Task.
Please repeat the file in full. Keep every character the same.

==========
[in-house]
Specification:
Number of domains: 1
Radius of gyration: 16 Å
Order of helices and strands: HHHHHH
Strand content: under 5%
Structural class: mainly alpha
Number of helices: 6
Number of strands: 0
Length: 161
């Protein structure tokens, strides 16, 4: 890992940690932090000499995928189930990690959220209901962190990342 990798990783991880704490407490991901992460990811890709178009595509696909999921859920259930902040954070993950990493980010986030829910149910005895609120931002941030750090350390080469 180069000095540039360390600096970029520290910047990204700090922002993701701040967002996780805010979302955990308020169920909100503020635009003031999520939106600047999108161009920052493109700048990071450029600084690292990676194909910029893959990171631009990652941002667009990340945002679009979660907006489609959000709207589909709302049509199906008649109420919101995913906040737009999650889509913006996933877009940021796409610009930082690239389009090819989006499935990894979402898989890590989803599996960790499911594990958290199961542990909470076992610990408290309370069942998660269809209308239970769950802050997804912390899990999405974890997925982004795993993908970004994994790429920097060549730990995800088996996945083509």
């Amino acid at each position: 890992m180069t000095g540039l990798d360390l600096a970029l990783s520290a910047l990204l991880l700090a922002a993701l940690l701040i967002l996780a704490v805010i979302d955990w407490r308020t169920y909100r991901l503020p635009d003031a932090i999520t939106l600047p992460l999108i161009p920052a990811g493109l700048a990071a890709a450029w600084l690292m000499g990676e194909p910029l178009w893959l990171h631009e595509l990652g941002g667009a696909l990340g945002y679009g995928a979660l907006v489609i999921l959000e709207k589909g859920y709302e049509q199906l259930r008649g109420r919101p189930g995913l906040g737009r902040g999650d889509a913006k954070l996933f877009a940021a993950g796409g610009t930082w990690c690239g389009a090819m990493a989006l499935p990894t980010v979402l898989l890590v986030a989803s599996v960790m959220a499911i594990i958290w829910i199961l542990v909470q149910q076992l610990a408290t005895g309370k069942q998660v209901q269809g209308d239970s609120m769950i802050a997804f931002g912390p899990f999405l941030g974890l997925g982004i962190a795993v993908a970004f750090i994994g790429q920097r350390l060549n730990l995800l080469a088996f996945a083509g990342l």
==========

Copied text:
[in-house]
Specification:
Number of domains: 1
Radius of gyration: 16 Å
Order of helices and strands: HHHHHH
Strand content: under 5%
Structural class: mainly alpha
Number of helices: 6
Number of strands: 0
Length: 161
């Protein structure tokens, strides 16, 4: 890992940690932090000499995928189930990690959220209901962190990342 990798990783991880704490407490991901992460990811890709178009595509696909999921859920259930902040954070993950990493980010986030829910149910005895609120931002941030750090350390080469 180069000095540039360390600096970029520290910047990204700090922002993701701040967002996780805010979302955990308020169920909100503020635009003031999520939106600047999108161009920052493109700048990071450029600084690292990676194909910029893959990171631009990652941002667009990340945002679009979660907006489609959000709207589909709302049509199906008649109420919101995913906040737009999650889509913006996933877009940021796409610009930082690239389009090819989006499935990894979402898989890590989803599996960790499911594990958290199961542990909470076992610990408290309370069942998660269809209308239970769950802050997804912390899990999405974890997925982004795993993908970004994994790429920097060549730990995800088996996945083509």
């Amino acid at each position: 890992m180069t000095g540039l990798d360390l600096a970029l990783s520290a910047l990204l991880l700090a922002a993701l940690l701040i967002l996780a704490v805010i979302d955990w407490r308020t169920y909100r991901l503020p635009d003031a932090i999520t939106l600047p992460l999108i161009p920052a990811g493109l700048a990071a890709a450029w600084l690292m000499g990676e194909p910029l178009w893959l990171h631009e595509l990652g941002g667009a696909l990340g945002y679009g995928a979660l907006v489609i999921l959000e709207k589909g859920y709302e049509q199906l259930r008649g109420r919101p189930g995913l906040g737009r902040g999650d889509a913006k954070l996933f877009a940021a993950g796409g610009t930082w990690c690239g389009a090819m990493a989006l499935p990894t980010v979402l898989l890590v986030a989803s599996v960790m959220a499911i594990i958290w829910i199961l542990v909470q149910q076992l610990a408290t005895g309370k069942q998660v209901q269809g209308d239970s609120m769950i802050a997804f931002g912390p899990f999405l941030g974890l997925g982004i962190a795993v993908a970004f750090i994994g790429q920097r350390l060549n730990l995800l080469a088996f996945a083509g990342l």